View Poll Results: Is the Merchant of Venice anti-Semitic?

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Thread: Is The Merchant of Venice anti-Semitic?

  1. #301
    stanley2
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    In MV, the author at times makes it difficult to determine where religion is an issue: "Now by two-headed Janus, / Nature hath framed strange fellows in her time. / Some that will evermore peep through there eyes, / And laugh like parrots at a bagpiper. / And other......"(MV1.1.29-32). Professor Bate included an excerpt from the prologue in THE JEW OF MALTA, by Marlowe(In his book, SOUL OF THE AGE): "I count religion but a childish toy, / And hold there is no sin but ignorance....." Bate tells us that this speech is a satirical sketch of Florentine political theorist Niccolo Machiavelli. Shakespeare, in turn, makes it difficult to determine if Portia is at times presenting a satirical sketch of Balthasar, though the "quality of mercy" speech is clearly serious.

  2. #302
    On the road, but not! Danik 2016's Avatar
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    I have never thought about it, but what would Shakespeare own religious believes be?
    #Stay home as much as you can and stay well

  3. #303
    stanley2
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    There's a fine article, a far ranging book review, by the late scholar Edward T. Oakes, S.J. in the journal FIRST THINGS, June/July 2004, Number144. Part of his conclusion reads: "So who knows what Shakespeare's religious convictions were? No one, probably. But at least Kermode, Wood and Bernthal can confirm this historical fact: he knew his theology, Catholic and Protestant. What audiences and readers make of that, it seems, is up to them."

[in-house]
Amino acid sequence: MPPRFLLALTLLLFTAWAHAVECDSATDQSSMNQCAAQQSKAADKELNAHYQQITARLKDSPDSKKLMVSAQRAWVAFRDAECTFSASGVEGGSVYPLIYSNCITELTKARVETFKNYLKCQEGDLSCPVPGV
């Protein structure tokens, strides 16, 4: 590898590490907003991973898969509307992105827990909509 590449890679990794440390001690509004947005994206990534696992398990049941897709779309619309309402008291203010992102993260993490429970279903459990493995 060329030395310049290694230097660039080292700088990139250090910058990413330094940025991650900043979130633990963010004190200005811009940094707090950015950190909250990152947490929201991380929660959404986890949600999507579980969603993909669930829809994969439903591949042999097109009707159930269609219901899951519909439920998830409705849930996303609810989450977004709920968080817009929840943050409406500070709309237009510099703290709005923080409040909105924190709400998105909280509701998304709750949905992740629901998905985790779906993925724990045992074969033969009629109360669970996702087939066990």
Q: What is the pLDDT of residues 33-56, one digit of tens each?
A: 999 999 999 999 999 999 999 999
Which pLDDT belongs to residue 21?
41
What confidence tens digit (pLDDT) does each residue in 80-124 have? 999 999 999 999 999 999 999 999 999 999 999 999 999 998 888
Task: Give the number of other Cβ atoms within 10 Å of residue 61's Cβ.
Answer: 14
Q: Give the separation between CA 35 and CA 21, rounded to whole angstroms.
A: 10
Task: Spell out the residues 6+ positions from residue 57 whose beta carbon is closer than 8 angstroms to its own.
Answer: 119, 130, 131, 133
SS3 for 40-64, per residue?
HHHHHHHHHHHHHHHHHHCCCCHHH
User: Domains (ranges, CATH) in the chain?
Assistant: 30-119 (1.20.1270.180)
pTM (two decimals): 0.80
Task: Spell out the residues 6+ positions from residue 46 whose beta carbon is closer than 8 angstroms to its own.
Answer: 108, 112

4. #304
    On the road, but not! Danik 2016's Avatar
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    Thanks, Stanley. Do you have the link to that article?
    #Stay home as much as you can and stay well

  5. #305
    stanley2
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    I think you can see the article at www.firstthings.com, then click issues archive, and june/july 2004. That is, as elsewhere, one is allowed a free sample, so to speak.

  6. #306
    On the road, but not! Danik 2016's Avatar
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    Thanks, Stanley!
    #Stay home as much as you can and stay well

  7. #307
    stanley2
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    For the RSC edition(2007), Professor Bate wrote; "shortly after the second world war, the Canadian literary critic Northrop Frye published a short essay that inaugurated the modern understanding that Shakespeare's comedies, for all their lightness and play, are serious works of art..........the essential structure of Shakespearean comedy was ultimately derived from the 'new comedy' of ancient Greece, which was mediated to the Renaissance via its Roman exponents Plautus and Terence." It is interesting, then, to note that Shakespeare plainly had in mind the conclusion of THE ODYSSEY(see the other thread). Bate goes on to note that Shylock is a bit like Jaques in AS YOU LIKE IT. I noted that Jaques is also associated with Antonio(see post #277).

  8. #308
    stanley2